Preakness, 1969

Continuing on during ‘confession’ week, I am relating another life experience.

Attending Johns Hopkins was an exhilarating and exciting adventure. Everyone in the class was a ‘Phi Beta Kappa.” All were top students of the best universities in the land. Many classmates came from medical families and they already had chosen specialty fields that they intended to pursue. Medical terminologies were conversed as common lingo. For me, the medical language was a totally brand new language, almost like learning English as a twelve year old when I immigrated! I was not intimidated, yet, studying 24/7 was just barely sufficient to keep up. No longer did I have the feeling of being able to master any subject and that I could overcome or conquer anything. We were assured that because Hopkins had such faith in her selection process, ALL of us will be physicians. If we cannot comprehend any topic, it would be the instructors’ inability to teach us. Consequently, no one in our class felt any need to ‘cut throat’ anyone else like some I experienced in college. Everyone was always a willing helper with everyone else in the class. Our philosophy was the worst student of our class is going to be the best amongst all physicians in the country.

Our year was divided into 5-10-week periods with one week break between Christmas and New Year, and the other week being the last week of June off to move on to post graduate careers. I feel incredibly fortunate to have had this experience because it prepared me to be the physician that I am, but I do not wish this type of academic schedule on anyone else.

Anyway, I was receiving $1800 dollars per semester as my scholarship. It happened that I was given this amount on Friday, May 16, 1969. I cashed the check and carried all $1800 to the 1969 Preakness Race at Pimlico Race Course in Baltimore, MD on May 17th.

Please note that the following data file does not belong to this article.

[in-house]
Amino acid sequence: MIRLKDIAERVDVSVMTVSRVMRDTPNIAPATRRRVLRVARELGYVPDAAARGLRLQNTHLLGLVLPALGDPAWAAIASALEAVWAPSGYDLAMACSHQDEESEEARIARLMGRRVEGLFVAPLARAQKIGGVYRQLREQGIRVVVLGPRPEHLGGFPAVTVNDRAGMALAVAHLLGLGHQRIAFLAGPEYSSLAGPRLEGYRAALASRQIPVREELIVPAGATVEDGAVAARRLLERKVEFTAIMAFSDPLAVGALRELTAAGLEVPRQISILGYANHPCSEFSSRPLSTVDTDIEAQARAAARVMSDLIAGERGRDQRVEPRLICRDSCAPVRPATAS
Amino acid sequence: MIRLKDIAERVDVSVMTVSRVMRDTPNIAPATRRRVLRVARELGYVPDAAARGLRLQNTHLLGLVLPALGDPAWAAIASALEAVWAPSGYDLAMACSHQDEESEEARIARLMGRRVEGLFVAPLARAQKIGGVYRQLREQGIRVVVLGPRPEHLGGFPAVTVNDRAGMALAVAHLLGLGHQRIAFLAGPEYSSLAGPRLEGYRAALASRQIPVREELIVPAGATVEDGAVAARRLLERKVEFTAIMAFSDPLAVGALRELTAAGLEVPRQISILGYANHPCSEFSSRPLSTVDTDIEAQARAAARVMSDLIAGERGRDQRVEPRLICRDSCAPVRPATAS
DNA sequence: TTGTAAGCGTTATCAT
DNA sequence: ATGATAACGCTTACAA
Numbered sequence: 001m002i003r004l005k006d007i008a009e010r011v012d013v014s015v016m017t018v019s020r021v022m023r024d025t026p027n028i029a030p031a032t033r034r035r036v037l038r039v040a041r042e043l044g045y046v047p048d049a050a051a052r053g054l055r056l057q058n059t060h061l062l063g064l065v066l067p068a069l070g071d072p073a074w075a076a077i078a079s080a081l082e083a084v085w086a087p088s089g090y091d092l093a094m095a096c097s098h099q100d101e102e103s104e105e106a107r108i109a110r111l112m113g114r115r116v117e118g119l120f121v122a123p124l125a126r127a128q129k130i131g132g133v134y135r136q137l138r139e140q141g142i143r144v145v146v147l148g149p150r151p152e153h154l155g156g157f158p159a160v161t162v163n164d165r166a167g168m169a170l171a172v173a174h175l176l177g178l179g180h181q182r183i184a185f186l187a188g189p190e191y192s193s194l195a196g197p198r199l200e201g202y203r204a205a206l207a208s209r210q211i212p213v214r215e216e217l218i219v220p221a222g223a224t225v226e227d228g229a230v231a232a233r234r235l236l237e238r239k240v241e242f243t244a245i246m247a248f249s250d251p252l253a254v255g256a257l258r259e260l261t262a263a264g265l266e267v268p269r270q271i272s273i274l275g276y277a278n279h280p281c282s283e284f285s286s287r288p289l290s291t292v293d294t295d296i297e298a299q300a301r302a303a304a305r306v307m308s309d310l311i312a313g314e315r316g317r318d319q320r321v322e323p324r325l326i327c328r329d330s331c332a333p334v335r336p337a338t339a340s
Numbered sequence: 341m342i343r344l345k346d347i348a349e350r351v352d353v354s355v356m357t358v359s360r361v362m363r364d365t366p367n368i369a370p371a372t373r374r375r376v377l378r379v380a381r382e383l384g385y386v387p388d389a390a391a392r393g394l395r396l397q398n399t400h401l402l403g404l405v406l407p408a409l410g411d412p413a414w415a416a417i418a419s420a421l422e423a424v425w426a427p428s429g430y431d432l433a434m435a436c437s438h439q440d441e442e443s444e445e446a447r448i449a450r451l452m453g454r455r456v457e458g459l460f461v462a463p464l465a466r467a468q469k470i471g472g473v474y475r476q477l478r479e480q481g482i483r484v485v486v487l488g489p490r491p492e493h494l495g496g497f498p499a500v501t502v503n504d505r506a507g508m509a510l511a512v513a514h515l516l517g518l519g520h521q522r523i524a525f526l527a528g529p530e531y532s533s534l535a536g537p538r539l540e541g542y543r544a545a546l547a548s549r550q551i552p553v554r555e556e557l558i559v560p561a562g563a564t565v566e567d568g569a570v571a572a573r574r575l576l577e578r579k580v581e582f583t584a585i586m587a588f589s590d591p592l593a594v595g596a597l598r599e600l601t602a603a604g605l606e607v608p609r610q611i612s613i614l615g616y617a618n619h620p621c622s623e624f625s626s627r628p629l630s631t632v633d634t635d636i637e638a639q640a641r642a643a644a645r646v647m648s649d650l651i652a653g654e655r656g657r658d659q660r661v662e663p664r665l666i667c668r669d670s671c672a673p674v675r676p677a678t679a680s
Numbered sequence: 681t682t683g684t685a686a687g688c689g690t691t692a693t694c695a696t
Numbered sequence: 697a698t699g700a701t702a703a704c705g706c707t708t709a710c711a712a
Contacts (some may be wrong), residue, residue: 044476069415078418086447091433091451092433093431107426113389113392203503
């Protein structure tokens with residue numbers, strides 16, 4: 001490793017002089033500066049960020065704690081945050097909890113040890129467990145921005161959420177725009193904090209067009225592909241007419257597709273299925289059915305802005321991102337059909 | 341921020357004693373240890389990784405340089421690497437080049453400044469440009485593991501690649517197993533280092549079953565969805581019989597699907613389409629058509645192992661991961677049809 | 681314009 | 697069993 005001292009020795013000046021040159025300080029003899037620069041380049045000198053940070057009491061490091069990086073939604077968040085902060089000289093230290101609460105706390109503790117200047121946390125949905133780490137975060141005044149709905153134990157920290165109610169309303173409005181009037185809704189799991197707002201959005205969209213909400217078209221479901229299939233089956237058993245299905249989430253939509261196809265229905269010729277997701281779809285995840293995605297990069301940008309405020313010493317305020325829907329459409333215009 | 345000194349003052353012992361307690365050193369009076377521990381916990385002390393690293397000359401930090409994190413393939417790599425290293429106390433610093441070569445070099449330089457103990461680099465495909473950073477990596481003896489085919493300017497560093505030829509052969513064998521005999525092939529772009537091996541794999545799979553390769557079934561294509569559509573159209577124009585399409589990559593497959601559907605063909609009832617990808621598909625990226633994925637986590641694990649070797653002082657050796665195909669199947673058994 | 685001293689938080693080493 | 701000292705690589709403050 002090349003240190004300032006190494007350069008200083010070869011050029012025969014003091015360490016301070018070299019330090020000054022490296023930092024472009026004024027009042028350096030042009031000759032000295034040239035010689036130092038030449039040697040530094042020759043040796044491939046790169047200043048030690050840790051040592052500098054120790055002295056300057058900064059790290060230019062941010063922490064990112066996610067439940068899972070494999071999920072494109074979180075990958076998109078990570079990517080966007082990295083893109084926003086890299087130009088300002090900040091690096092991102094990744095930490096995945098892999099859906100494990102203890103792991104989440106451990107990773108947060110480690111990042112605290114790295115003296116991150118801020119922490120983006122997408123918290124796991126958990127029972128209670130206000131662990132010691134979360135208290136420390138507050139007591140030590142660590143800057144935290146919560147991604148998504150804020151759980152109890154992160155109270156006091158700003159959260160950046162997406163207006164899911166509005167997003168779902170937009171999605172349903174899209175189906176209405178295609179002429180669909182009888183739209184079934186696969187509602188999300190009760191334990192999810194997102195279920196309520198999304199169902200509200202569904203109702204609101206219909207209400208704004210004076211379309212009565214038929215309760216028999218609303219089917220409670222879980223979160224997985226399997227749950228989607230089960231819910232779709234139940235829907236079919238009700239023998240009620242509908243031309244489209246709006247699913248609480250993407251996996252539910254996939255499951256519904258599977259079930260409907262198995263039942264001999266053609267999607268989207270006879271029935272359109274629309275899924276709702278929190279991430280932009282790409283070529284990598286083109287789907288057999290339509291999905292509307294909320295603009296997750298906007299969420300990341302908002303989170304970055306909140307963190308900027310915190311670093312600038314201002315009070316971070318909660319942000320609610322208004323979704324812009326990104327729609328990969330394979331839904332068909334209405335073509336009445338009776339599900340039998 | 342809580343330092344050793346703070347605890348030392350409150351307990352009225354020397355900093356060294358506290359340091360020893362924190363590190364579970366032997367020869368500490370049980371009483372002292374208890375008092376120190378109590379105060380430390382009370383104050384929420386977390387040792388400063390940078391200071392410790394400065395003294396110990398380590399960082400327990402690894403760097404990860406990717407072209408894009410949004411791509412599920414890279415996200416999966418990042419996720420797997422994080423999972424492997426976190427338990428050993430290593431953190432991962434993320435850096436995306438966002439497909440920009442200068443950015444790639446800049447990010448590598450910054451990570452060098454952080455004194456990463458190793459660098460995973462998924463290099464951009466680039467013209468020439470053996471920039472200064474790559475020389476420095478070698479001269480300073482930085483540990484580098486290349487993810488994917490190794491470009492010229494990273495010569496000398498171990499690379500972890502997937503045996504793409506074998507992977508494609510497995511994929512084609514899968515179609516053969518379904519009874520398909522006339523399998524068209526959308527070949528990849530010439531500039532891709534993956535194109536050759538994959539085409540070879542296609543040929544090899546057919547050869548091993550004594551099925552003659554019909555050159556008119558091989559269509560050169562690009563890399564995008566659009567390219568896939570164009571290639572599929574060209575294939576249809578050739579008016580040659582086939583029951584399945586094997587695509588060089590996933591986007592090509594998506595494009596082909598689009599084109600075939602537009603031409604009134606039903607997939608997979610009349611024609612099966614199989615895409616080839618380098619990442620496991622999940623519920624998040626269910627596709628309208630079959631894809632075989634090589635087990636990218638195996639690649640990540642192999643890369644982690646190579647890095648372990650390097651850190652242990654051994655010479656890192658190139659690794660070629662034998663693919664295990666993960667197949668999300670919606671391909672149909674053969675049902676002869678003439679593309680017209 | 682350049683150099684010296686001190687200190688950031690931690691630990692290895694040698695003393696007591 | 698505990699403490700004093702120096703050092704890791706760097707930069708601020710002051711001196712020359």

The favorite was Majestic Prince and the rider was the world famous Bill Hartack. Majestic Prince was a 0.6-1 favorite to win. Though other smaller races sometimes may be ‘fixed,’ the Preakness was/is a major event and surely can be trusted. Admittedly being a little greedy, I thought I could enhance my spending funds by placing all $1800 on Majestic Prince not to win or place, but just to show up at third and I’d get the pay out. Accordingly, I waited to monitor the odds until the last minute, Majestic Prince’s position never changed. I walked up to the counter and place all $1800 on Majestic Prince to show.

And they were off! Majestic Prince was in the middle position and was over taken by two horses right away. As they made their way across the straight stretch across the field, Majestic Prince was now 8 lengths behind. Suddenly, I felt my heart pounding as never before. But Bill Hartack maneuvered the horse along the middle and was slowly moving up. The two lead horses were running nicely and smoothly with no signs of slowing down. I felt like I was having a heart attack! As they made the final turn, heading home, Majestic Prince found an opening and squirted through a few horses and with Hartack using his whip/crop Majestic Prince responded and raced ahead and came in first by 1/2 length.

What excitement, and what a rush! Because Majestic Prince was such an overwhelming favorite, Show paid only $2.20. Risking all that for $180 gain? Monday morning I paid my tuition bill, kept $180 for myself. I learned my life lesson, and I vowed that day never to bet on horses again. That was my last bet, though playing the stock exchange is a different story.